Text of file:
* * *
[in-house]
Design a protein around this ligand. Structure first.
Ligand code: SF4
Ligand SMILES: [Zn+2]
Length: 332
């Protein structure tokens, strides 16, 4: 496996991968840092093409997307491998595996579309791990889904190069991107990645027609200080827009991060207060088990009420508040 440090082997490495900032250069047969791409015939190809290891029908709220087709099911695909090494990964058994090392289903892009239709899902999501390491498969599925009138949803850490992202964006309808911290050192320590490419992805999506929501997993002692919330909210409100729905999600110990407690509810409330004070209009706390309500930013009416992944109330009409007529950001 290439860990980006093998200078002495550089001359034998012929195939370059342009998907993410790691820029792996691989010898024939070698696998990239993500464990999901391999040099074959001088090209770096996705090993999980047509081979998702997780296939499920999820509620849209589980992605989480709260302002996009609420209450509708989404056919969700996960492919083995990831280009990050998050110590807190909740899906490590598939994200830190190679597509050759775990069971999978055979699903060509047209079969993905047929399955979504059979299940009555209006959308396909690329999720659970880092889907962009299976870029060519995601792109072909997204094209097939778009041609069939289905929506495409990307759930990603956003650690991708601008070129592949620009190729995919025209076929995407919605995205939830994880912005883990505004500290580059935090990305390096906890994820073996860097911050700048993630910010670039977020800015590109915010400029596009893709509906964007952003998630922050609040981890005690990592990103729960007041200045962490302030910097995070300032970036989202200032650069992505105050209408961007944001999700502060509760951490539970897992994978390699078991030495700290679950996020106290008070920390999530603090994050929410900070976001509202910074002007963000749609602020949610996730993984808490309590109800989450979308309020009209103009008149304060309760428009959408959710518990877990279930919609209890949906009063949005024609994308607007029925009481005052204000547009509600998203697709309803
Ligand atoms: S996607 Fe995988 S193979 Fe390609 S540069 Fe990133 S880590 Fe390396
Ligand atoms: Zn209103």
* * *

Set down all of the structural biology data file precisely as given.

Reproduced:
[in-house]
Design a protein around this ligand. Structure first.
Ligand code: SF4
Ligand SMILES: [Zn+2]
Length: 332
């Protein structure tokens, strides 16, 4: 496996991968840092093409997307491998595996579309791990889904190069991107990645027609200080827009991060207060088990009420508040 440090082997490495900032250069047969791409015939190809290891029908709220087709099911695909090494990964058994090392289903892009239709899902999501390491498969599925009138949803850490992202964006309808911290050192320590490419992805999506929501997993002692919330909210409100729905999600110990407690509810409330004070209009706390309500930013009416992944109330009409007529950001 290439860990980006093998200078002495550089001359034998012929195939370059342009998907993410790691820029792996691989010898024939070698696998990239993500464990999901391999040099074959001088090209770096996705090993999980047509081979998702997780296939499920999820509620849209589980992605989480709260302002996009609420209450509708989404056919969700996960492919083995990831280009990050998050110590807190909740899906490590598939994200830190190679597509050759775990069971999978055979699903060509047209079969993905047929399955979504059979299940009555209006959308396909690329999720659970880092889907962009299976870029060519995601792109072909997204094209097939778009041609069939289905929506495409990307759930990603956003650690991708601008070129592949620009190729995919025209076929995407919605995205939830994880912005883990505004500290580059935090990305390096906890994820073996860097911050700048993630910010670039977020800015590109915010400029596009893709509906964007952003998630922050609040981890005690990592990103729960007041200045962490302030910097995070300032970036989202200032650069992505105050209408961007944001999700502060509760951490539970897992994978390699078991030495700290679950996020106290008070920390999530603090994050929410900070976001509202910074002007963000749609602020949610996730993984808490309590109800989450979308309020009209103009008149304060309760428009959408959710518990877990279930919609209890949906009063949005024609994308607007029925009481005052204000547009509600998203697709309803
Ligand atoms: S996607 Fe995988 S193979 Fe390609 S540069 Fe990133 S880590 Fe390396
Ligand atoms: Zn209103």